The Stock Market Is Now Up for 2020. Is a Crash Coming?

Bullish investors have taken over the stock market, and even with lingering concerns about the COVID-19 pandemic, they aren't letting that uncertainty get in the way of big gains. The S&P 500 and Nasdaq Composite (NASDAQINDEX: ^IXIC) were back at record highs on Friday, and even the Dow Jones Industrial Average (DJINDICES: ^DJI) is starting to show signs of strength.

Today's stock market


Percentage Change

Point Change




S&P 500



Nasdaq Composite



Data source: Yahoo! Finance.

With today's gains, markets have all passed a big milestone. Coming into 2020, few might have been excited about the idea that major benchmarks would merely be at break-even levels. Yet after the big drop in February and March, to have all three of the most closely watched indexes in positive territory for the year is definitely something to celebrate.

How markets are faring for the year

To be clear, the gains for 2020 are far from equal across the board. It took today's advance in the Dow to bring the average's return for the year so far to a whopping 0.4%. Add in dividends, and you'll end up somewhere between 1% and 2% in total return for 2020 year to date.

The broader-based S&P 500 has done better. With today's gains, it's up about 8.6%, and total returns are likely approaching the 10% mark.

Those who've followed the stock markets all along know that the Nasdaq Composite is easily leading the pack. It's now up more than 30% over the past eight months.

Getting a broader context

It's reasonable for investors to worry that the markets are getting ahead of themselves. However, when you incorporate a longer-term look, the gains don't look quite as crazy.

For instance, over the past five years, the Nasdaq is up 143%, while the S&P and Dow are up 76% and 72%, respectively. That works out to roughly 19% average annual returns for the Nasdaq, and yearly returns of 11% to 12% on average for the Dow and S&P.

Extend the time period to roughly 10 years, and the story stays largely the same. The Nasdaq's 443% advance works out to roughly 18% per year. The S&P's gain of 230% equates to a 13% average annual return, while the Dow's 182% rise clocks in at 11% per year on average.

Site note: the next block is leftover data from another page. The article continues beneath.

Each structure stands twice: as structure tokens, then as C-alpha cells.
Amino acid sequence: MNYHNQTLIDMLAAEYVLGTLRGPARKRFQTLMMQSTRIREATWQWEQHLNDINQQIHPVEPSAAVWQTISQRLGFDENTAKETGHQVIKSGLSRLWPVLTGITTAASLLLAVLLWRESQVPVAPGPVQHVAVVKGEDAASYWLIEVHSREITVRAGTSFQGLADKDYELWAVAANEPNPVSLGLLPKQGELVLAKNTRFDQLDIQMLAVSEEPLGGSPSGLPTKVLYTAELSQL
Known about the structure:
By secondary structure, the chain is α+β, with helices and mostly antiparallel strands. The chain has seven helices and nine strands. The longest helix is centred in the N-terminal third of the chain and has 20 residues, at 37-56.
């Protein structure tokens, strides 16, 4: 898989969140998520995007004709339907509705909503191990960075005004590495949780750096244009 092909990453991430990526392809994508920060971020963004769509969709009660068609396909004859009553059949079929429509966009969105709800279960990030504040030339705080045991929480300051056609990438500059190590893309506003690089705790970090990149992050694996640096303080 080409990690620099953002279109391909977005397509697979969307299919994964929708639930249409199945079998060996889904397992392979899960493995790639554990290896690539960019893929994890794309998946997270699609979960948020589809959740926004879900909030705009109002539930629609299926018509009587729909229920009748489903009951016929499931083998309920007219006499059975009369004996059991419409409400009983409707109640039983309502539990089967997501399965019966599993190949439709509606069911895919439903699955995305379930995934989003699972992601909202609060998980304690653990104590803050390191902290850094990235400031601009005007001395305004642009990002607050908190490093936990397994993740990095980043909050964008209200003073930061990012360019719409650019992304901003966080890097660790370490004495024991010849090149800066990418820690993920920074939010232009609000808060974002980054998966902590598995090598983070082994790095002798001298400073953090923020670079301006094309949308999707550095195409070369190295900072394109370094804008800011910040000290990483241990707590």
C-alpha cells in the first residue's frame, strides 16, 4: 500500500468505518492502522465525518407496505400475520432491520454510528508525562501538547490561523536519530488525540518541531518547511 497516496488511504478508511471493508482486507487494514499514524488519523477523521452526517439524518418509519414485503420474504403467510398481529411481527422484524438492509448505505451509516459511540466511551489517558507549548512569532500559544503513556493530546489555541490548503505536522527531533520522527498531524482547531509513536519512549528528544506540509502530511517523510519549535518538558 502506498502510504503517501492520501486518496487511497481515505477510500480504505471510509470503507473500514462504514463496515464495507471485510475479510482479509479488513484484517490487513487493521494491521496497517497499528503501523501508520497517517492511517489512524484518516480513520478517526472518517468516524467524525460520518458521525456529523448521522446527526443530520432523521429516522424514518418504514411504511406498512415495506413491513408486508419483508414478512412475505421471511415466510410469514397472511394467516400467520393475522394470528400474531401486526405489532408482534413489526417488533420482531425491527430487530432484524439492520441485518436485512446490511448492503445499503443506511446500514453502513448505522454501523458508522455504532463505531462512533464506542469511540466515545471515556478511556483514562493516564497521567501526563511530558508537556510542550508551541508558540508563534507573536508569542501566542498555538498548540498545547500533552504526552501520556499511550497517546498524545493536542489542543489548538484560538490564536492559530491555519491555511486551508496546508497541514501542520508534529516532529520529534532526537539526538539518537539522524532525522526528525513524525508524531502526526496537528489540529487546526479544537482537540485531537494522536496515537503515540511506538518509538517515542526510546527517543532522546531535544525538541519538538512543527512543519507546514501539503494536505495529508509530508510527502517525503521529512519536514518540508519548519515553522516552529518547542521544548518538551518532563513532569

What's next?

It's absolutely certain that the stock market will crash in the future. As always, what we don't know is when, and there's no good way to tell.

Growling brown bear with bushes in the background.

Image source: Getty Images.

This isn't the first time the market has seen gains that seemed unsustainable. During the 1990s, the tech boom went on far longer than anyone expected. Sure, the crash in 2000 through 2002 was dramatic -- but those who got out of the market in the mid-1990s after five years of strong gains missed five more years of advances -- and likely didn't time getting back into stocks during the bear market correctly, either.

Similarly, many didn't expect the bull market of the 2010s to last as long as it did. Those who sold in late 2015, for instance, were worse off than those who stayed invested in the late 2010s and then sold out at the absolute worst level in March 2020.

As scary as it is to invest in stocks at record highs, there's no reliable way to predict how to avoid downturns. Only by accepting the risk of losses can you hope to match the big gains that long-term investors have enjoyed.

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Dan Caplinger has no position in any of the stocks mentioned. The Motley Fool recommends Nasdaq. The Motley Fool has a disclosure policy.

The views and opinions expressed herein are the views and opinions of the author and do not necessarily reflect those of Nasdaq, Inc.


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